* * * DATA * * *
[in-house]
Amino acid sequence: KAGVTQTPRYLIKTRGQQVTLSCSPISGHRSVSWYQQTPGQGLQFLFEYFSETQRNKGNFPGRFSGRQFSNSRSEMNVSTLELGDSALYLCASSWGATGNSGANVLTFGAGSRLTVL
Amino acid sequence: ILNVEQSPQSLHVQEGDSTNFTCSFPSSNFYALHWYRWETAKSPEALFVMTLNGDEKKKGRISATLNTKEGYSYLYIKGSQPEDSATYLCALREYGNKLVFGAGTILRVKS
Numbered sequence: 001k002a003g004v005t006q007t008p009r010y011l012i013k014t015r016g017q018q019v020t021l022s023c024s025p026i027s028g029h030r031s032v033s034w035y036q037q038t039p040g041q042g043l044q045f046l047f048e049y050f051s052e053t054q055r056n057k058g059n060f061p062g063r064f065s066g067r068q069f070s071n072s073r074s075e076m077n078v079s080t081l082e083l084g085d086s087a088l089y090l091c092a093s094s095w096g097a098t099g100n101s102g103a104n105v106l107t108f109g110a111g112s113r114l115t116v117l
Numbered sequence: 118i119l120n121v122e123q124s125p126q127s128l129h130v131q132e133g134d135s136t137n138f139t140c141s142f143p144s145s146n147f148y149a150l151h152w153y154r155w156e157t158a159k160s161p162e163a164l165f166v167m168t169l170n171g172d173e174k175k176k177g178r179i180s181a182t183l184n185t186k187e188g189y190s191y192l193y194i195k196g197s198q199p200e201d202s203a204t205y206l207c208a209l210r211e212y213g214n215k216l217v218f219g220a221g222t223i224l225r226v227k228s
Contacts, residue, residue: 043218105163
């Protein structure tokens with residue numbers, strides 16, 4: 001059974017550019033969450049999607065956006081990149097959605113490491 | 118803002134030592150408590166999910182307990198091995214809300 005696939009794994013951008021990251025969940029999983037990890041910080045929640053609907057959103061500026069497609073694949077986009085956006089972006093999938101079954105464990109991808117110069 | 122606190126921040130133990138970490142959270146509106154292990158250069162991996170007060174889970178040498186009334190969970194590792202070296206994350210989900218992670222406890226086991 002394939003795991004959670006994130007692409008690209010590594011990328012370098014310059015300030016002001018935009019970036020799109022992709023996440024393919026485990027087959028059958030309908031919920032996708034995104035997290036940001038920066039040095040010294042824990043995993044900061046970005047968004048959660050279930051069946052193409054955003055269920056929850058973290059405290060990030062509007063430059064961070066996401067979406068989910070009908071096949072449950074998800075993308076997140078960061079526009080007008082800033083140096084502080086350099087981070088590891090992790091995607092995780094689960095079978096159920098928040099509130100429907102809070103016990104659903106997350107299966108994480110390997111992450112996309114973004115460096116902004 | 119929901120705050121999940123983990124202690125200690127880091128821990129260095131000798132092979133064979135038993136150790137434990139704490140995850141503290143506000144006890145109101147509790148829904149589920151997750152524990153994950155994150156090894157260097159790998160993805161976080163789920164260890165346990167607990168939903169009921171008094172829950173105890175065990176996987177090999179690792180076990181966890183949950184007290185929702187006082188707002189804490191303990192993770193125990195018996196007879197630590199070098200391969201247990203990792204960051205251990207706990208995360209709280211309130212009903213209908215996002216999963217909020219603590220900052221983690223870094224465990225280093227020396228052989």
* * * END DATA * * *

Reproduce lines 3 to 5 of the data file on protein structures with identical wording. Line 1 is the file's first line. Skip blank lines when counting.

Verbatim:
Amino acid sequence: ILNVEQSPQSLHVQEGDSTNFTCSFPSSNFYALHWYRWETAKSPEALFVMTLNGDEKKKGRISATLNTKEGYSYLYIKGSQPEDSATYLCALREYGNKLVFGAGTILRVKS
Numbered sequence: 001k002a003g004v005t006q007t008p009r010y011l012i013k014t015r016g017q018q019v020t021l022s023c024s025p026i027s028g029h030r031s032v033s034w035y036q037q038t039p040g041q042g043l044q045f046l047f048e049y050f051s052e053t054q055r056n057k058g059n060f061p062g063r064f065s066g067r068q069f070s071n072s073r074s075e076m077n078v079s080t081l082e083l084g085d086s087a088l089y090l091c092a093s094s095w096g097a098t099g100n101s102g103a104n105v106l107t108f109g110a111g112s113r114l115t116v117l
Numbered sequence: 118i119l120n121v122e123q124s125p126q127s128l129h130v131q132e133g134d135s136t137n138f139t140c141s142f143p144s145s146n147f148y149a150l151h152w153y154r155w156e157t158a159k160s161p162e163a164l165f166v167m168t169l170n171g172d173e174k175k176k177g178r179i180s181a182t183l184n185t186k187e188g189y190s191y192l193y194i195k196g197s198q199p200e201d202s203a204t205y206l207c208a209l210r211e212y213g214n215k216l217v218f219g220a221g222t223i224l225r226v227k228s